Assessment of the American Woodcock Singing-Ground Survey Zone Timing and Coverage

  • Joseph D. Moore Arkansas Cooperative Fish and Wildlife Research Unit, Department of Biological Science, University of Arkansas
  • Thomas R. Cooper Migratory Bird Program, U.S. Fish and Wildlife Service
  • Rebecca Rau Population and Habitat Assessment Branch, Division of Migratory Bird Management, U.S. Fish and Wildlife Service
  • David E. Andersen U.S. Geological Survey, Minnesota Cooperative Fish and Wildlife Research Unit
  • Jeffrey P. Duguay Louisiana Department of Wildlife and Fisheries
  • C. Alan Stewart Michigan Department of Natural Resources
  • David G. Krementz U.S. Geological Survey, Arkansas Cooperative Fish and Wildlife Research Unit

Abstract

The American woodcock (Scolopax minor; hereafter, woodcock) Singing-Ground Survey (SGS) was developed to inform management decisions by monitoring changes in the relative abundance of woodcock. The timing of the designated survey windows was designed to count resident woodcock while minimizing counting of migrating woodcock. Since the implementation of the SGS in 1968, concerns over survey protocols that may bias data have been raised and investigated; however, the extent of survey coverage and the timing of the survey window zones have not been critically investigated. We used 3 years of data collected from male and female woodcock marked with satellite tags to assess the extent of survey coverage and the timing of the SGS survey windows relative to presence of woodcock. SGS coverage encompassed the majority of woodcock breeding-period sites (locations where marked woodcock returned to in spring) within the U.S. (n = 17, 92%) and approximately half of the breeding-period sites in Canada (n = 6, 43%). Thirteen of the 37 monitored woodcock with known breeding-period site arrival dates (35%) were migrating through a survey zone during an active survey window, all in the northernmost 4 of 5 SGS zones. Thirteen woodcock arrived at breeding-period sites after the start of surveys, and all but one of these was located in the northernmost 2 zones. The combination of migration through a SGS zone during the survey window and arrival at breeding-period sites after the beginning of the survey window in northern zones may result in the SGS weighing too heavily the contribution of routes in the southern portion of the primary breeding range, while weighing too lightly the routes in the northern portion of the primary breeding range. We suggest that additional information is necessary to evaluate whether current survey windows are sufficient, or whether they need to be changed.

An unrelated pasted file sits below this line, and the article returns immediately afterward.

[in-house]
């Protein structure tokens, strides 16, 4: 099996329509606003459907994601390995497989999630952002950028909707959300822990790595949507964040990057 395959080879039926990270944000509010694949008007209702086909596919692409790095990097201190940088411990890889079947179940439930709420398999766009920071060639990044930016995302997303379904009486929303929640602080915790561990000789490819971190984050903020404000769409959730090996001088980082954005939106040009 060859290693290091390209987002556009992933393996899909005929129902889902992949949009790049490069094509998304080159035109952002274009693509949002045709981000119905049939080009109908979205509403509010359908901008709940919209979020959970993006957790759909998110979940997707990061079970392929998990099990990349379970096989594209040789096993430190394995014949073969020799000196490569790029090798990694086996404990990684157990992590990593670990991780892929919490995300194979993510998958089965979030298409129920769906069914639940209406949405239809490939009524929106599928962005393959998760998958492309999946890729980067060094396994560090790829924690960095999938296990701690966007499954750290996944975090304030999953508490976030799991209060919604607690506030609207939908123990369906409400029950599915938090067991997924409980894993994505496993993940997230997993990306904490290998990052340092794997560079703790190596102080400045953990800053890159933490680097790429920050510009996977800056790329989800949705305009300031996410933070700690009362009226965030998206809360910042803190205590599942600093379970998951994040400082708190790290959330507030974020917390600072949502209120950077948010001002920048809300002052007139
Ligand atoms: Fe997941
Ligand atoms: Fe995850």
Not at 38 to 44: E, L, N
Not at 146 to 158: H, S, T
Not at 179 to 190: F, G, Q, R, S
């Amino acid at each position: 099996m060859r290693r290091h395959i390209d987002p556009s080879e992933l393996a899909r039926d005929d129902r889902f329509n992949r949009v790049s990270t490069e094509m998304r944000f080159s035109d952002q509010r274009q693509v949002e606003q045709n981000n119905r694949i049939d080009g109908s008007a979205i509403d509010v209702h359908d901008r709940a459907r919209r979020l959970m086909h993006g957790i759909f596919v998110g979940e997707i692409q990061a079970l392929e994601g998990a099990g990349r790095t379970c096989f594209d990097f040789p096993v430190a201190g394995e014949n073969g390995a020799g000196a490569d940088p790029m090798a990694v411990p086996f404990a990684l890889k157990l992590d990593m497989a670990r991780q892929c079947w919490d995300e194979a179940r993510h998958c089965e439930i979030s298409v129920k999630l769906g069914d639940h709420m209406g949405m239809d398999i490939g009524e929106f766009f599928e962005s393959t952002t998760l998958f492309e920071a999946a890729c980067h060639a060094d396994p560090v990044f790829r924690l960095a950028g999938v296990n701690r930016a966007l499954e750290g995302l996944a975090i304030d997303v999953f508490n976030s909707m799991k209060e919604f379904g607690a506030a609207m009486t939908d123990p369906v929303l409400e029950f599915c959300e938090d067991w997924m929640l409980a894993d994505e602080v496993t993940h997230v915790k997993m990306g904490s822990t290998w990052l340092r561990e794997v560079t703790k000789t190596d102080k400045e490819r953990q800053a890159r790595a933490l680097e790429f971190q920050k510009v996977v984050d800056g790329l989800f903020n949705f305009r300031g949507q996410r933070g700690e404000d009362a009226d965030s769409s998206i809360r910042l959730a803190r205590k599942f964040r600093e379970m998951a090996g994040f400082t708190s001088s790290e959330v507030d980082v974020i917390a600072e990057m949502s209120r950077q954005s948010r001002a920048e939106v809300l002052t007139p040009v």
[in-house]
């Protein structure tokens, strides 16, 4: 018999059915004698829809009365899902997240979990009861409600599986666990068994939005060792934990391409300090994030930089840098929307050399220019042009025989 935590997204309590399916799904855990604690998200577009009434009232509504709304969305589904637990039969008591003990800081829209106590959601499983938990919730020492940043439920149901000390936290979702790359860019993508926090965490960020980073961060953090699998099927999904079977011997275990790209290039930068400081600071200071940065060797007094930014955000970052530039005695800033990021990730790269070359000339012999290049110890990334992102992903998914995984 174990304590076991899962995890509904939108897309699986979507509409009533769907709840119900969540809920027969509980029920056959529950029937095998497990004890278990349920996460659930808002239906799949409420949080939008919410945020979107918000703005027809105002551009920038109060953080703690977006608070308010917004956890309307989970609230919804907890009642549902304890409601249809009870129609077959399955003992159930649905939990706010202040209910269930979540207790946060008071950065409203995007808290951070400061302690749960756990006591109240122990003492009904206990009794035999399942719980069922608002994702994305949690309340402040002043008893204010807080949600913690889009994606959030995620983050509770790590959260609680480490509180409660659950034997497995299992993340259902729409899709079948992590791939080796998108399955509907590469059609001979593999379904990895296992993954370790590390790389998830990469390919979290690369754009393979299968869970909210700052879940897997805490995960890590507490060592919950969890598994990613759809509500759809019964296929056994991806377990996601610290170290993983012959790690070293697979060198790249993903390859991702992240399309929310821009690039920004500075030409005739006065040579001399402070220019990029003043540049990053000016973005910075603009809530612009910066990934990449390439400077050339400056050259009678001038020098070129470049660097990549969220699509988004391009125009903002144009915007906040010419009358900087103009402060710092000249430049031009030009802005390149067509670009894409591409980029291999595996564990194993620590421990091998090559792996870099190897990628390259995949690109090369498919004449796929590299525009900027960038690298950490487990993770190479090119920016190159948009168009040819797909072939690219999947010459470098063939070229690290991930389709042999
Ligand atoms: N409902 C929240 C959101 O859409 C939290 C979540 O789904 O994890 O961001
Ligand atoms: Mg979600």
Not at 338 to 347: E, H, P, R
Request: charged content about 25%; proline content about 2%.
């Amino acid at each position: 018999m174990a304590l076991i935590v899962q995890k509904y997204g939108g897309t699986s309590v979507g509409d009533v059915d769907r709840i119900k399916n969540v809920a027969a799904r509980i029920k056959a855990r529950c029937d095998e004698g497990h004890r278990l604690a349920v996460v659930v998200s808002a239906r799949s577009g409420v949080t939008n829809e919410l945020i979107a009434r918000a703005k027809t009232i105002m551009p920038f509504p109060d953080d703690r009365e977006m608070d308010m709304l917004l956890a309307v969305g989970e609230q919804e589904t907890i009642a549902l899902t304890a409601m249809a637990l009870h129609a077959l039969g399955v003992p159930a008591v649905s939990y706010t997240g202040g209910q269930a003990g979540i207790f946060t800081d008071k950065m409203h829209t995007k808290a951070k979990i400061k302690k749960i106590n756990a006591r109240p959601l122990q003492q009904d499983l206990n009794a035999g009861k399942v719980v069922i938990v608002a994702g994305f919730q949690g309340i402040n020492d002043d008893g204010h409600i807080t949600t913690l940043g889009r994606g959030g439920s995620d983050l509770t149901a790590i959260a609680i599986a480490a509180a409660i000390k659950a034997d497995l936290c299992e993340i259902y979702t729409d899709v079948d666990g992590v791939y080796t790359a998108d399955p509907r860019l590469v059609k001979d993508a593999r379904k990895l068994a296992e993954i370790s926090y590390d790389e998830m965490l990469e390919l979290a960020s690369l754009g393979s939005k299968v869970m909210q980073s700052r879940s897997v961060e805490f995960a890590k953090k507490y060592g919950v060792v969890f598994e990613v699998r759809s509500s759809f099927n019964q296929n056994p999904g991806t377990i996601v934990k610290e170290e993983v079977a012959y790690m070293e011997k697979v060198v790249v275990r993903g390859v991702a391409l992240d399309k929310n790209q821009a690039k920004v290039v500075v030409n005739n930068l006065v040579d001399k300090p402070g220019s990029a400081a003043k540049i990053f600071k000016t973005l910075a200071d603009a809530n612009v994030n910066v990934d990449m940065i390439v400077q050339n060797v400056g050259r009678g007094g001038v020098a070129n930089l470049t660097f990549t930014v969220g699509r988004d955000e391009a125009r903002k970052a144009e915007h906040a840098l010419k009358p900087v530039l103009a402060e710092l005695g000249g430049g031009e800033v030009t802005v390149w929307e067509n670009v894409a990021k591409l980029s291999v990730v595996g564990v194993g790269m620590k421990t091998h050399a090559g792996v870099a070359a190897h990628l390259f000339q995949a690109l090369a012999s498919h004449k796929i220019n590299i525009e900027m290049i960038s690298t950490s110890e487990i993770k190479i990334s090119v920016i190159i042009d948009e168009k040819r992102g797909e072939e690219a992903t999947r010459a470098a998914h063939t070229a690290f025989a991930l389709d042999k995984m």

Published
2019-12-03
Section
Singing-ground Survey Evaluation